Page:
I discovered a new weed in my garden, and I am so excited to be sharing it with you! That sounds crazy, but this a great-tasting and nutrition-packed weed! Purslane is familiar to many gardeners. But instead of removing this weed, I decided to let a patch grow. But then I wondered – how to use purslane in recipes? Using this tasty plant, I tried a new purslane weed recipe- Purslane Tzatziki. I love the combination of dill, cucumber, and purslane mixed with yogurt and sour cream. Great for dipping vegetables, and as a dressing for salads, sandwiches, and meats.
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Nutritionally, purslane is high in alpha linolenic (ALA), an essential omega-3 fatty acid found in grass-fed meats and eggs. In addition to being an excellent source of omega-3 fatty acids, purslane is very high in important vitamins, minerals, and antioxidants including one called glutathione. Glutathione performs many functions in the body, but one of interest is the detoxification properties in the liver.
The humble purslane is a source of calcium, magnesium, potassium, vitamin C and vitamin A.
One Cup of Cooked Purslane Contains:
|Vitamin C||12 mg|
|Vitamin A||2130 mg|
(from the USDA food analysis database)
Purslane is typically a low-growing plant with tear-shaped leaves. It makes a good ground cover in the garden preventing erosion and holding moisture in the soil, and its roots help to loosen the soil. I have watched it spread and grow, and where it is exposed to full sun, it has become stemmy with flowers and seeds. It reminds me a little of chickweed which tends to be very lush and green in the cool spring and becomes very thin and full of flowers and seeds as the summer progresses.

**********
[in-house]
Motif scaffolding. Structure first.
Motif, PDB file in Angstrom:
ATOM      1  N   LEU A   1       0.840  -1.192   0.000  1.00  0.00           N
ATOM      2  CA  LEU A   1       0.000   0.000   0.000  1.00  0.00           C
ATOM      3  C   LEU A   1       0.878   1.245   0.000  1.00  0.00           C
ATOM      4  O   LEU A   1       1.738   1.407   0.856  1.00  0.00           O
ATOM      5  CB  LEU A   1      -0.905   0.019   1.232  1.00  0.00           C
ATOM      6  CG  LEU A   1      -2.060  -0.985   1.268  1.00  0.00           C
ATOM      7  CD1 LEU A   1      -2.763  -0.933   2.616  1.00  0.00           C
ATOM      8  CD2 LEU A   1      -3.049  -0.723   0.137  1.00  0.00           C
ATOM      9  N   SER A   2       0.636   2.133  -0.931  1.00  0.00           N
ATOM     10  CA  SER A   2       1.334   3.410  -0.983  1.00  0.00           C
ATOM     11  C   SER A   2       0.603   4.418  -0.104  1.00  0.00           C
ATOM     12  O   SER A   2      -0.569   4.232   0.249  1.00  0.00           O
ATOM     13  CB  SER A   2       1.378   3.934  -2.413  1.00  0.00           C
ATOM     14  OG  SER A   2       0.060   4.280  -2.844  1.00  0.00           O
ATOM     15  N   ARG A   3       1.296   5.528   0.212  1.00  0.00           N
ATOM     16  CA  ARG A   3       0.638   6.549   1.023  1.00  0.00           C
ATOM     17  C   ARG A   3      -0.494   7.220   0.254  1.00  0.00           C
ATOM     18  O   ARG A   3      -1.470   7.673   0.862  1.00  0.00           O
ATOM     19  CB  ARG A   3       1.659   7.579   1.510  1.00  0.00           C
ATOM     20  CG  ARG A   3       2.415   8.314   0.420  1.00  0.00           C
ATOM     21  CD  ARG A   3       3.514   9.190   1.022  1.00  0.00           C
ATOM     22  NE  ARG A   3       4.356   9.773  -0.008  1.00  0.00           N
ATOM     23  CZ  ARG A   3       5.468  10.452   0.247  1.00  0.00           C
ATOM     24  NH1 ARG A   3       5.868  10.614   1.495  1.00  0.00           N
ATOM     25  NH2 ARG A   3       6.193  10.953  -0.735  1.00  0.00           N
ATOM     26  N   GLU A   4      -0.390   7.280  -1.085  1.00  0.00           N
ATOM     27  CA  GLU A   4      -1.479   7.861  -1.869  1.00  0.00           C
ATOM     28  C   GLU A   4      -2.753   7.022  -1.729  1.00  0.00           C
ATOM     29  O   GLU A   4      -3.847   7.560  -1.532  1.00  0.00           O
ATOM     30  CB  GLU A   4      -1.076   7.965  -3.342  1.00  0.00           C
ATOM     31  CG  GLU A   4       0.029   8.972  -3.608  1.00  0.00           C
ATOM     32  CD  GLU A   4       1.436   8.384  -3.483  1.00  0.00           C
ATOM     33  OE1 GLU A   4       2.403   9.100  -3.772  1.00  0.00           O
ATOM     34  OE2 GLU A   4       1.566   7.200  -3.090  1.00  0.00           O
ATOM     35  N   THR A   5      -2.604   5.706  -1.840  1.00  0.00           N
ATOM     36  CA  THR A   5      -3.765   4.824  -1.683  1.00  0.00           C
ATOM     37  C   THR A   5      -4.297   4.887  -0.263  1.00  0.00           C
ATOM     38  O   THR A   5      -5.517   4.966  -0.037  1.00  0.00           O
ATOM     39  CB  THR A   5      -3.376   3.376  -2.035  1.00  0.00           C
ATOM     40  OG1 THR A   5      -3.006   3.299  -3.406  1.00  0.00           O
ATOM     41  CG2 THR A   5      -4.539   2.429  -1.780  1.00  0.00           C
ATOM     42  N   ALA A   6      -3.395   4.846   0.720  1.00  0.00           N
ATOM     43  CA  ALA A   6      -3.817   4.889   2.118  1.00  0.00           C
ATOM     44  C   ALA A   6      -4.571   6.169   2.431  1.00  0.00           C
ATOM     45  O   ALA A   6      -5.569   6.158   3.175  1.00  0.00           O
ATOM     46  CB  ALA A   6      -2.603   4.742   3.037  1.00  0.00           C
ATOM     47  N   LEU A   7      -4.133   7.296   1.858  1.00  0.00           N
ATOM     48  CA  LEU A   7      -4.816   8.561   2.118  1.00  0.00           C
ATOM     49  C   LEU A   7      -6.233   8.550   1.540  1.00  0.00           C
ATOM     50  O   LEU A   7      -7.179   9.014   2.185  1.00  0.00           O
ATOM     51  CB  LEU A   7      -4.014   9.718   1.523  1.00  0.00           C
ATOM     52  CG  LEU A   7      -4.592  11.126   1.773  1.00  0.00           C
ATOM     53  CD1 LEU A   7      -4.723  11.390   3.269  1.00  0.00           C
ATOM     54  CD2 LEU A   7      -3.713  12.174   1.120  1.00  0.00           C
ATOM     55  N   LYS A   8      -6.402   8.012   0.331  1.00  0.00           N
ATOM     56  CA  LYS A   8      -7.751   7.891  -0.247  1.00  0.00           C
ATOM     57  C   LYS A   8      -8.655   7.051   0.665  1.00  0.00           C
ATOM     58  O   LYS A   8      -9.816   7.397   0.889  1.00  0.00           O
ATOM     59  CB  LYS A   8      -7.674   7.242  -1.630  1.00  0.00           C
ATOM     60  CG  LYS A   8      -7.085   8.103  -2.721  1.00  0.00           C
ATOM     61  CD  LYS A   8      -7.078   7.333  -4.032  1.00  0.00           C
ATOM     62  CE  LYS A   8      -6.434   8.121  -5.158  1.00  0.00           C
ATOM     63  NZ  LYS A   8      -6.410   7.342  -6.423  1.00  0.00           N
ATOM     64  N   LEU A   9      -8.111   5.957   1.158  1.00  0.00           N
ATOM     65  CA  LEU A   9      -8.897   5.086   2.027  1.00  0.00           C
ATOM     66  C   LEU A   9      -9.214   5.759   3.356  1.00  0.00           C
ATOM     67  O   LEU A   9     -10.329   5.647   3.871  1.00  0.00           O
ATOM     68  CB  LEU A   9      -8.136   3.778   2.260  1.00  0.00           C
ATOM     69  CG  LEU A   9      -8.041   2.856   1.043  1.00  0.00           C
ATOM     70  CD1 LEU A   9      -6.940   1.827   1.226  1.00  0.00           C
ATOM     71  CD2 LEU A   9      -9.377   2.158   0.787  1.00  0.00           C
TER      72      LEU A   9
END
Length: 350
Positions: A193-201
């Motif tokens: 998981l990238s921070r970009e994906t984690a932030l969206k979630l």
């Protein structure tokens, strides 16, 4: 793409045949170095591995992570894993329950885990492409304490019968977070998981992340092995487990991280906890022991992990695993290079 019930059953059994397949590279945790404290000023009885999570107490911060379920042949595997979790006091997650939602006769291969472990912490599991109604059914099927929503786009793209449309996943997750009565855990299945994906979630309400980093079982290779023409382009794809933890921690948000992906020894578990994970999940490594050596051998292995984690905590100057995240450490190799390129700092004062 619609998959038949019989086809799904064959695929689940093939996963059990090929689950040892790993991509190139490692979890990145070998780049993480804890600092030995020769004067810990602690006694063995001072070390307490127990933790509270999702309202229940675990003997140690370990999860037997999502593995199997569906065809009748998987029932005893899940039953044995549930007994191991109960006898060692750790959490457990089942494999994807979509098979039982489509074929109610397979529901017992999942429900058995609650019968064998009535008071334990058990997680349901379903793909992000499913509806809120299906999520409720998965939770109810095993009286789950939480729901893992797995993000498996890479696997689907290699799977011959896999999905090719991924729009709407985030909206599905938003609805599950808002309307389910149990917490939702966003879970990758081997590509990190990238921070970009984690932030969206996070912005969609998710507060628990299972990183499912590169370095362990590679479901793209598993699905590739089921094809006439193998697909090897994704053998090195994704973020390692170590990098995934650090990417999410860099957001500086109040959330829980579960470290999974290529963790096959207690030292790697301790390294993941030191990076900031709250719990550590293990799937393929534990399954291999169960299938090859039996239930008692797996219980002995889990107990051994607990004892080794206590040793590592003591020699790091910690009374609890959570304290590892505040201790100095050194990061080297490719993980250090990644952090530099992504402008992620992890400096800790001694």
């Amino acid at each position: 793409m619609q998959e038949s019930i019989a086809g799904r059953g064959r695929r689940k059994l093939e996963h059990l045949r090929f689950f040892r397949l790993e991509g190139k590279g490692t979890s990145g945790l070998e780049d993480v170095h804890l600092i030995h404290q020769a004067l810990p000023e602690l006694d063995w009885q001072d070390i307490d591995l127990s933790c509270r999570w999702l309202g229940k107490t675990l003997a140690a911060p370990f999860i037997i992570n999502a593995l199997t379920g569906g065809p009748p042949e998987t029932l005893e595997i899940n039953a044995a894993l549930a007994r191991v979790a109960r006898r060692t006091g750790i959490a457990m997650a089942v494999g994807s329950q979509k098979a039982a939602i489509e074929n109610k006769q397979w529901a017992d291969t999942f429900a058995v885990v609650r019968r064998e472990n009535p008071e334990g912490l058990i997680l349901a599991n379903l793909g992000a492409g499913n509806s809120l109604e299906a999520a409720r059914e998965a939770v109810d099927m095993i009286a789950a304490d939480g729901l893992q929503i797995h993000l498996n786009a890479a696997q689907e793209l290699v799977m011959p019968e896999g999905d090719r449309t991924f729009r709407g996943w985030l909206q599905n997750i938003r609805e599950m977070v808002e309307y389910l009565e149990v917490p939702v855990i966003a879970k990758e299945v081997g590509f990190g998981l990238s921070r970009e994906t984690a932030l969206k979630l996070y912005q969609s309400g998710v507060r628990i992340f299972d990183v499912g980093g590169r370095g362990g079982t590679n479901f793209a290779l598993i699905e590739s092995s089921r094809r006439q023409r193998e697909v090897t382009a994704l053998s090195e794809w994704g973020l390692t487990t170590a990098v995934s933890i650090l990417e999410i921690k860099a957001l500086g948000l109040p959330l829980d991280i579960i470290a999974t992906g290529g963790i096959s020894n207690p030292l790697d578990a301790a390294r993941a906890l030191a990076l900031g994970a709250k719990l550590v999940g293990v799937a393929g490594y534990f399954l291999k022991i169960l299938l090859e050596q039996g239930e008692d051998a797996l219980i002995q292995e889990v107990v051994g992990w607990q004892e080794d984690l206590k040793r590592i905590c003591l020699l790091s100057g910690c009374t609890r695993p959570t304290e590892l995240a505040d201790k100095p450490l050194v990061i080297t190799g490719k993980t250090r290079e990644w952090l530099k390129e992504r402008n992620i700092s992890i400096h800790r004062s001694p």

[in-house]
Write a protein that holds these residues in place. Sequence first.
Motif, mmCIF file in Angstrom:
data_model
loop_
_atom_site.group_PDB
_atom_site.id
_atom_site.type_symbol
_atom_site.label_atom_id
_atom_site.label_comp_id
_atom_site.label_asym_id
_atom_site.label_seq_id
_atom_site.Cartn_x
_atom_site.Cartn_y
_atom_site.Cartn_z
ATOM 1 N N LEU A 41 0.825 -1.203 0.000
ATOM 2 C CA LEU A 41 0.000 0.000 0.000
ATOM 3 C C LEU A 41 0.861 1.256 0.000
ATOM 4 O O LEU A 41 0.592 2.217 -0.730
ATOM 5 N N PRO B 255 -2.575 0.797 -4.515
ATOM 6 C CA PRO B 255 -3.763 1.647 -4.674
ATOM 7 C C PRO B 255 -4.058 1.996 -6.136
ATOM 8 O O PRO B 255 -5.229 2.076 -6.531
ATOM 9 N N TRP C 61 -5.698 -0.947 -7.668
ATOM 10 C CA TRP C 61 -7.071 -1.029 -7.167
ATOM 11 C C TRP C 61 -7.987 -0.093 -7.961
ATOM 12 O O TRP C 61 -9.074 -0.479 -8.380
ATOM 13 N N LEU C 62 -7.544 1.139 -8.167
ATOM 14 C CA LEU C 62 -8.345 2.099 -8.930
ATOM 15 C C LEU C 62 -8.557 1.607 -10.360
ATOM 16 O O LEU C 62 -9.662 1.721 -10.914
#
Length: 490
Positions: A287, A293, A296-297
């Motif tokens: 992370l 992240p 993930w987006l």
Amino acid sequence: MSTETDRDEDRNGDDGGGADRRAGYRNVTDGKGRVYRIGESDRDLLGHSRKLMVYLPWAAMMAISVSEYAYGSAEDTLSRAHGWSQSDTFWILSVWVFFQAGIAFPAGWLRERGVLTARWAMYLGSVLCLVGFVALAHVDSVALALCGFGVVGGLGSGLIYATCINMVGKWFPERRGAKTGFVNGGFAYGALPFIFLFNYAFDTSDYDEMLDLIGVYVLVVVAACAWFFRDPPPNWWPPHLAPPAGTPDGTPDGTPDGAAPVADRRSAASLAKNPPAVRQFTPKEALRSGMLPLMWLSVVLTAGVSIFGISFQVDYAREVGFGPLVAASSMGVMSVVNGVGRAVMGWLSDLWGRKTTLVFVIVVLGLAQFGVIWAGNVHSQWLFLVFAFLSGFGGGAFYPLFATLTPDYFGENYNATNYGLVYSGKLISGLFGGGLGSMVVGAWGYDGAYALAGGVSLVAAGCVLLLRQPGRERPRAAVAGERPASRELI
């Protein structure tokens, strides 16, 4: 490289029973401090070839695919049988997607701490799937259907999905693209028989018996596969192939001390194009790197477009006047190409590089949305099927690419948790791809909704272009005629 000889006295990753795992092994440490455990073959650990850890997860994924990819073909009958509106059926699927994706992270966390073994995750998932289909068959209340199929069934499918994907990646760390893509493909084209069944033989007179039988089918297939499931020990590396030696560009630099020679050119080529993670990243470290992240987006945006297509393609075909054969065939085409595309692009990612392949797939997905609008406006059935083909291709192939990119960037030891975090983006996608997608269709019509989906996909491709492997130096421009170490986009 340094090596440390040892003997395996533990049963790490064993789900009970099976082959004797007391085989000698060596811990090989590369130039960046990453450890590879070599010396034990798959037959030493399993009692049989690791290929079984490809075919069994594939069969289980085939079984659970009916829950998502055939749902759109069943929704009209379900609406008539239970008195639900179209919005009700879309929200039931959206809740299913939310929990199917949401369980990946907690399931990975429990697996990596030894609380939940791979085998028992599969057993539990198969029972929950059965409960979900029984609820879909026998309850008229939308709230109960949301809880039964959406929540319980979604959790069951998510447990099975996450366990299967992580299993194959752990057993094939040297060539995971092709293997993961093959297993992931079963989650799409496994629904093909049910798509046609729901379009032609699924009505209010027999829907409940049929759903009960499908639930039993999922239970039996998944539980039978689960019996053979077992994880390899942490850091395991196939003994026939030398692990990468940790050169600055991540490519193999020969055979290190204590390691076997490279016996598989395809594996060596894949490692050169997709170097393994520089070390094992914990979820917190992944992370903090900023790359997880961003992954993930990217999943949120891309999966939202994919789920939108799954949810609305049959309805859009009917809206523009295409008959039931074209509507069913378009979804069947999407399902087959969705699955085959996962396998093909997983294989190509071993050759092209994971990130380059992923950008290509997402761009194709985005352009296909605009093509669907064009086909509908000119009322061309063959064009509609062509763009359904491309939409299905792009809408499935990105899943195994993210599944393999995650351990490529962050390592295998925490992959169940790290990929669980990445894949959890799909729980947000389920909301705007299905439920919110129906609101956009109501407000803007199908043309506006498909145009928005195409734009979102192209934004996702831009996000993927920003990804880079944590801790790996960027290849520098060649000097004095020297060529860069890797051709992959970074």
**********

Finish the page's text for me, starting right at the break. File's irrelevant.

Purslane has a mild flavor.
My friend Krista at Forrest Green Farm is not only an amazing farmer, herbalist, and teacher, but an impressive cook, she has generously given me permission to share this very simple recipe.
Easy Print PDF Recipe Here
Purslane Tzatziki (Herb Yogurt Dip)
1 pound (1 pint) plain yogurt
1 cucumber, unpeeled, seeded
1 cup purslane leaves (stems, flowers, and seeds are OK, as they are all edible, but the
stems can be tough)
1 Tablespoon plus ½ teaspoon salt
½ cup sour cream
1 Tablespoon white wine vinegar
2 Tablespoons fresh lemon juice
1 Tablespoon olive oil
1 ½ teaspoons minced garlic
1 ½ teaspoons minced fresh dill
½ teaspoon freshly ground black pepper
Place the yogurt in a cheesecloth or paper towel lined colander and allow the yogurt to drain over a bowl in the refrigerator.
Cut and seed the cucumber, then grate and toss with 1 Tablespoon of the salt. Place the cucumber/salt in another colander over a bowl and place in the refrigerator to drain.
Allow the yogurt and the cucumber to drain for 2 to 3 hours.
Finely chop or pulse the purslane in a food processor.
Transfer the drained yogurt to a large bowl. Pressing as much liquid as you can from the cucumber, add the cucumber to the yogurt.
Mix in the remaining ingredients.
The dip can be served immediately, but the longer it sits, the better the flavors combine.
Have you enjoyed any weed recipes lately?